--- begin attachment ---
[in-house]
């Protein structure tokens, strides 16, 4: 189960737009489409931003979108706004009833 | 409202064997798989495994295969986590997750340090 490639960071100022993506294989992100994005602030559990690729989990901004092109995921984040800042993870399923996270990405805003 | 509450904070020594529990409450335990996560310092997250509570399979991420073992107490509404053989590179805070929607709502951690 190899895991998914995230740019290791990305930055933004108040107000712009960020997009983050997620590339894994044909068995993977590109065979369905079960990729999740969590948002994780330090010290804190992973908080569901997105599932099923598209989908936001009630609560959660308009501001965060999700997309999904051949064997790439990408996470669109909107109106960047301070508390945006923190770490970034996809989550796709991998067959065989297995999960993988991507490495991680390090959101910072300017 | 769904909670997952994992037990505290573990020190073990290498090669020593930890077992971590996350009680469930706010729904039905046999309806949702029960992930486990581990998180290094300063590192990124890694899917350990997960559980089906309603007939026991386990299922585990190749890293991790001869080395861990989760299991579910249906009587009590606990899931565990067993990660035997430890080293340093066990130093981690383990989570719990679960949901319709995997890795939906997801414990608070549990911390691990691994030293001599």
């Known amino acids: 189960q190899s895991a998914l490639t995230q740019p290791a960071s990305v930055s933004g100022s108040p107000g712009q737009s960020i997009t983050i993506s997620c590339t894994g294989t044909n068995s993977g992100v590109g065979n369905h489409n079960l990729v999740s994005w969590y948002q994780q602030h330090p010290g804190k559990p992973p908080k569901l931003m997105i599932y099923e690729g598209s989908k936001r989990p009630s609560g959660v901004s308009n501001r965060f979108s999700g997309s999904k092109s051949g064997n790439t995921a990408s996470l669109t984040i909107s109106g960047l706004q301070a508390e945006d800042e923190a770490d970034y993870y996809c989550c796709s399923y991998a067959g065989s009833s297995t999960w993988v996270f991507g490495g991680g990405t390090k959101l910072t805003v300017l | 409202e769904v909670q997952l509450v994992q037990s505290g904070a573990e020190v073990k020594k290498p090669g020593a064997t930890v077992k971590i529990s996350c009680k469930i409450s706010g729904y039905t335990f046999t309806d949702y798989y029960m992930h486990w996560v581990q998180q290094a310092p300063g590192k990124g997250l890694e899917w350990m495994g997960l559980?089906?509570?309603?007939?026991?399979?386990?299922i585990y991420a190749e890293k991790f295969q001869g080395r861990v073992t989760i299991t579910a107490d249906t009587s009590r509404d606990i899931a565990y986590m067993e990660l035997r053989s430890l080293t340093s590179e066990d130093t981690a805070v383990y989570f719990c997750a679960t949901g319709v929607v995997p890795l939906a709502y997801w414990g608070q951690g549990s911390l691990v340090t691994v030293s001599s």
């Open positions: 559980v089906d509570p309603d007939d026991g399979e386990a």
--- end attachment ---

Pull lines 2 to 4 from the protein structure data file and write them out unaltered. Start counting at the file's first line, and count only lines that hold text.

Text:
């Protein structure tokens, strides 16, 4: 189960737009489409931003979108706004009833 | 409202064997798989495994295969986590997750340090 490639960071100022993506294989992100994005602030559990690729989990901004092109995921984040800042993870399923996270990405805003 | 509450904070020594529990409450335990996560310092997250509570399979991420073992107490509404053989590179805070929607709502951690 190899895991998914995230740019290791990305930055933004108040107000712009960020997009983050997620590339894994044909068995993977590109065979369905079960990729999740969590948002994780330090010290804190992973908080569901997105599932099923598209989908936001009630609560959660308009501001965060999700997309999904051949064997790439990408996470669109909107109106960047301070508390945006923190770490970034996809989550796709991998067959065989297995999960993988991507490495991680390090959101910072300017 | 769904909670997952994992037990505290573990020190073990290498090669020593930890077992971590996350009680469930706010729904039905046999309806949702029960992930486990581990998180290094300063590192990124890694899917350990997960559980089906309603007939026991386990299922585990190749890293991790001869080395861990989760299991579910249906009587009590606990899931565990067993990660035997430890080293340093066990130093981690383990989570719990679960949901319709995997890795939906997801414990608070549990911390691990691994030293001599």
């Known amino acids: 189960q190899s895991a998914l490639t995230q740019p290791a960071s990305v930055s933004g100022s108040p107000g712009q737009s960020i997009t983050i993506s997620c590339t894994g294989t044909n068995s993977g992100v590109g065979n369905h489409n079960l990729v999740s994005w969590y948002q994780q602030h330090p010290g804190k559990p992973p908080k569901l931003m997105i599932y099923e690729g598209s989908k936001r989990p009630s609560g959660v901004s308009n501001r965060f979108s999700g997309s999904k092109s051949g064997n790439t995921a990408s996470l669109t984040i909107s109106g960047l706004q301070a508390e945006d800042e923190a770490d970034y993870y996809c989550c796709s399923y991998a067959g065989s009833s297995t999960w993988v996270f991507g490495g991680g990405t390090k959101l910072t805003v300017l | 409202e769904v909670q997952l509450v994992q037990s505290g904070a573990e020190v073990k020594k290498p090669g020593a064997t930890v077992k971590i529990s996350c009680k469930i409450s706010g729904y039905t335990f046999t309806d949702y798989y029960m992930h486990w996560v581990q998180q290094a310092p300063g590192k990124g997250l890694e899917w350990m495994g997960l559980?089906?509570?309603?007939?026991?399979?386990?299922i585990y991420a190749e890293k991790f295969q001869g080395r861990v073992t989760i299991t579910a107490d249906t009587s009590r509404d606990i899931a565990y986590m067993e990660l035997r053989s430890l080293t340093s590179e066990d130093t981690a805070v383990y989570f719990c997750a679960t949901g319709v929607v995997p890795l939906a709502y997801w414990g608070q951690g549990s911390l691990v340090t691994v030293s001599s």
């Open positions: 559980v089906d509570p309603d007939d026991g399979e386990a």